The Science Committee is one of the more bipartisan committees in the House, although this has varied throughout the years.
“It’s my hope that we will be considered a bipartisan committee, working together for the best interests of our country,” declared Lamar Smith (R-TX), the new chairman of the House Science, Space, and Technology Committee. Smith’s comments came at the outset of the first meeting of the committee to introduce its new members, adopt committee rules, and, of note, to agree to an expansive oversight plan for the next two years. Nineteen of the committee members have previously served on the committee; twenty are new.
The committee’s jurisdiction includes many department and agencies that are important to the physics community, including the National Science Foundation, NASA, National Institute of Standards and Technology, National Oceanic and Atmospheric Administration, and the U.S. Geological Survey. One of its major responsibilities is drafting legislation authorizing the programs and funding levels for these and other departments and agencies under its jurisdiction. The committee does not have jurisdiction over the National Institutes of Health and the Department of Defense’s science and technology programs. In all, the departments and agencies under the committee’s jurisdiction account for approximately $39 billion in spending, most of which pertains to research and development. The Science Committee was responsible for the America COMPETES Act and various reauthorization bills for the National Science Foundation and NASA. A NASA reauthorization bill and an energy R&D bill are on the committee’s agenda.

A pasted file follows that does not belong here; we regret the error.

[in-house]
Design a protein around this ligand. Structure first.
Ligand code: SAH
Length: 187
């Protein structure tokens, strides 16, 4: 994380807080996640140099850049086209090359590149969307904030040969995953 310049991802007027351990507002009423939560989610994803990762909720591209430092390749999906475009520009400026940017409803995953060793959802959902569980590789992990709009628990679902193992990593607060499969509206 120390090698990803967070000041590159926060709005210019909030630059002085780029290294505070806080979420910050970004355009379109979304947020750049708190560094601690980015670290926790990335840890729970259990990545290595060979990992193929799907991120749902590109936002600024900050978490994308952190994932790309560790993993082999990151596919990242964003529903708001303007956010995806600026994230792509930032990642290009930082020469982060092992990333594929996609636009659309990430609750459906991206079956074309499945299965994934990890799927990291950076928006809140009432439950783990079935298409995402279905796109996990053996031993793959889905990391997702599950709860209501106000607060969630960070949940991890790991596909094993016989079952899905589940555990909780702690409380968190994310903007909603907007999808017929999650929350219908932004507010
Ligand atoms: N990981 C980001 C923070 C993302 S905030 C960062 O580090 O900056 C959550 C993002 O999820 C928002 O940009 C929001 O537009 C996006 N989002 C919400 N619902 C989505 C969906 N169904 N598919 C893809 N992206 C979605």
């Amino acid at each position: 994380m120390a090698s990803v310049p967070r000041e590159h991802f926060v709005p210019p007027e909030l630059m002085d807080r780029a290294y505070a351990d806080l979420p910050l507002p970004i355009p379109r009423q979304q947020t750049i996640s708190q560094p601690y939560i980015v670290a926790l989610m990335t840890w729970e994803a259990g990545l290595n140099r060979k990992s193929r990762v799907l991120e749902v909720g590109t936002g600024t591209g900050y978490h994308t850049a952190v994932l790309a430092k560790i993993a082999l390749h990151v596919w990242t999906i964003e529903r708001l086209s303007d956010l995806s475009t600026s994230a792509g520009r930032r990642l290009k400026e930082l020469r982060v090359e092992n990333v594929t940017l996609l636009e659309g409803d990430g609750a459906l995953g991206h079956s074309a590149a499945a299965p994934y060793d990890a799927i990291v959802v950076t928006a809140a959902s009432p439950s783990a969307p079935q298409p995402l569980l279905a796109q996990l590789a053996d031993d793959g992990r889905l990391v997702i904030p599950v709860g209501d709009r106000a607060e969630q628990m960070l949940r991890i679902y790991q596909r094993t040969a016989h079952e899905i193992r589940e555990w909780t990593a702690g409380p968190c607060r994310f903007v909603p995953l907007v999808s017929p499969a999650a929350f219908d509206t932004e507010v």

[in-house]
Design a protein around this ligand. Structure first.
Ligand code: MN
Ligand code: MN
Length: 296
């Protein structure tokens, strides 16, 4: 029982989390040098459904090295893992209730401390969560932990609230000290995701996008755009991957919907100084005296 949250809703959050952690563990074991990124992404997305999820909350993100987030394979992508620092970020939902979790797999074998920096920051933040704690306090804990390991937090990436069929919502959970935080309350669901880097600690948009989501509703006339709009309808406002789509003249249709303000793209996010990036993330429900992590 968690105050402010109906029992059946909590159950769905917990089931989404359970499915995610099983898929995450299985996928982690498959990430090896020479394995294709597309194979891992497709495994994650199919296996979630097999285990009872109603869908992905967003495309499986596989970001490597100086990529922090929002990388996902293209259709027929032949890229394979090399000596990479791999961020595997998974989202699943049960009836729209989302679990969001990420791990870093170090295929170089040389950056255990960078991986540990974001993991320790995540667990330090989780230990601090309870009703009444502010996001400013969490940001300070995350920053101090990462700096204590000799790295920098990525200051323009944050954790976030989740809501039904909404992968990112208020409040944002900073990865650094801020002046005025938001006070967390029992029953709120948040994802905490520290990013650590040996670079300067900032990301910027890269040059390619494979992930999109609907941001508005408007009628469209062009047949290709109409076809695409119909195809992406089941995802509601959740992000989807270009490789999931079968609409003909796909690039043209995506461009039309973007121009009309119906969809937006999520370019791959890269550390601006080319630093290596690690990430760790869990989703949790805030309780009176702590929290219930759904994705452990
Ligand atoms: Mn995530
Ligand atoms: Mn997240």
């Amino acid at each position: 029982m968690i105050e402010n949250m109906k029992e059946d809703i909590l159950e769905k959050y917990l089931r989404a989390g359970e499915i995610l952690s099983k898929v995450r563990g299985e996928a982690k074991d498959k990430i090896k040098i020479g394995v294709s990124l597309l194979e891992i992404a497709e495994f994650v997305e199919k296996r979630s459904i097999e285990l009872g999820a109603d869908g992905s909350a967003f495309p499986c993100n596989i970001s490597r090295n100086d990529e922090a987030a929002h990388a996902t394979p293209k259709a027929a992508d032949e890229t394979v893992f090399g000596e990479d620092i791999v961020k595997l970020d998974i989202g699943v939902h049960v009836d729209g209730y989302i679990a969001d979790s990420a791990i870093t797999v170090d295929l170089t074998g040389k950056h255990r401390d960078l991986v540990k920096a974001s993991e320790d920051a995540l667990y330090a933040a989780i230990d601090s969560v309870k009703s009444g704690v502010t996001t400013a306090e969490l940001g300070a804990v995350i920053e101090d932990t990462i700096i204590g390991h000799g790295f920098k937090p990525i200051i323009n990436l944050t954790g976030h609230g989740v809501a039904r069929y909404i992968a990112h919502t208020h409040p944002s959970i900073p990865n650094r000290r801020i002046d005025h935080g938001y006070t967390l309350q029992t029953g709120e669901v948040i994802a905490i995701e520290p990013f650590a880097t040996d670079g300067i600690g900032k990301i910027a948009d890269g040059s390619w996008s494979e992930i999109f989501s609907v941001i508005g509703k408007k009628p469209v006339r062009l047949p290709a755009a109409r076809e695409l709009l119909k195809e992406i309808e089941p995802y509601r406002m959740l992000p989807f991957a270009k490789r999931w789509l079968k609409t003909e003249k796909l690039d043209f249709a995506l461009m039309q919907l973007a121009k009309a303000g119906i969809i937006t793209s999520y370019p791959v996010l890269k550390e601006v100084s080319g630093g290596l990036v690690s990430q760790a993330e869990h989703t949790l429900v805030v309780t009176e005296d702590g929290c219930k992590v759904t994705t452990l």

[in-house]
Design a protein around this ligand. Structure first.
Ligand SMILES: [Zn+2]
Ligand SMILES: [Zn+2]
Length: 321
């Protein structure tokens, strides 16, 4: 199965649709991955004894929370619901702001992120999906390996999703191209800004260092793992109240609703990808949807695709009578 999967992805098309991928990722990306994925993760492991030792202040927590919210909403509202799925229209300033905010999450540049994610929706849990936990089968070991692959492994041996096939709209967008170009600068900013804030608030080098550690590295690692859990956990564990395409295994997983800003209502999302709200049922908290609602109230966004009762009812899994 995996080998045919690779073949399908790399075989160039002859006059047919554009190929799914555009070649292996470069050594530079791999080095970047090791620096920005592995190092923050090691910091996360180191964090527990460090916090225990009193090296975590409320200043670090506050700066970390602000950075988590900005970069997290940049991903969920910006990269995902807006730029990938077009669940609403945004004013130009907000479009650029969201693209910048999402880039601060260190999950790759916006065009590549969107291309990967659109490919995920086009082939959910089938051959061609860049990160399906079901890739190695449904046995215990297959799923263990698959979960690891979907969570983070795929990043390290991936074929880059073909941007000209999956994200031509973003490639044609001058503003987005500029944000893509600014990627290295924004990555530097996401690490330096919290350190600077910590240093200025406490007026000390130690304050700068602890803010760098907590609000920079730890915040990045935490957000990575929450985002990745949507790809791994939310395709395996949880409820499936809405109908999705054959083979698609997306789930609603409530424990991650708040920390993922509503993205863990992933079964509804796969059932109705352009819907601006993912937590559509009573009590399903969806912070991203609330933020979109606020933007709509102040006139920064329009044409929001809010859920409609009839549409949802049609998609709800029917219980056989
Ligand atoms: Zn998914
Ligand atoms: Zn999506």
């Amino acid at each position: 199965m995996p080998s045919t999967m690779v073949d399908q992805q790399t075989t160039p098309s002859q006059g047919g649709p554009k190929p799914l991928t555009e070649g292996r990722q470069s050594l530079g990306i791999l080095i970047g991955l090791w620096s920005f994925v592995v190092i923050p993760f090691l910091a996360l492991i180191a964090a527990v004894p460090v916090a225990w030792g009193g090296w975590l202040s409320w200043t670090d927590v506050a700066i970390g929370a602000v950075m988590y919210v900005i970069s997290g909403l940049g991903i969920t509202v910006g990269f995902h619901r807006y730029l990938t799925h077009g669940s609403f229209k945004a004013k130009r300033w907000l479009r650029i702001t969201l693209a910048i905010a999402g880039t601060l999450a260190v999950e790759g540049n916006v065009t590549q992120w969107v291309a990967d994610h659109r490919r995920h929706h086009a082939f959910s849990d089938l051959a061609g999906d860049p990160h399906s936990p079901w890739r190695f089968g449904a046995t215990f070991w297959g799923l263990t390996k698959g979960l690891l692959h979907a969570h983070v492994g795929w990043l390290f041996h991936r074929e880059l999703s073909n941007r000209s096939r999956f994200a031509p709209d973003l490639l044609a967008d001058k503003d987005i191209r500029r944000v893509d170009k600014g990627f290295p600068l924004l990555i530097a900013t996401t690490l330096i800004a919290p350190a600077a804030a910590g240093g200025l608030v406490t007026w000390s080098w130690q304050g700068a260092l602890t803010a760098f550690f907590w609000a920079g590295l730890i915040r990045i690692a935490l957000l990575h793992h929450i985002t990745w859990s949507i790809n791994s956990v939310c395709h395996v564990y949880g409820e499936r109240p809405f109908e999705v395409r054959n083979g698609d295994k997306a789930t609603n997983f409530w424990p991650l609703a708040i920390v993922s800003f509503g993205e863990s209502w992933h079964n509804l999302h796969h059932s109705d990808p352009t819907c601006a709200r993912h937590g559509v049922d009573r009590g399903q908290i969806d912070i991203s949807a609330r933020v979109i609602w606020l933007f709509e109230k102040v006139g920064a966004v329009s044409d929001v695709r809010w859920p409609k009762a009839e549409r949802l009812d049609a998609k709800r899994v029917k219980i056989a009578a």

Click here to read the complete article and view selections from the Oversight Plan on space, energy, environment, technology, research, and oversight.
Source: Richard Jones| American Institure of Physics | February 8, 2013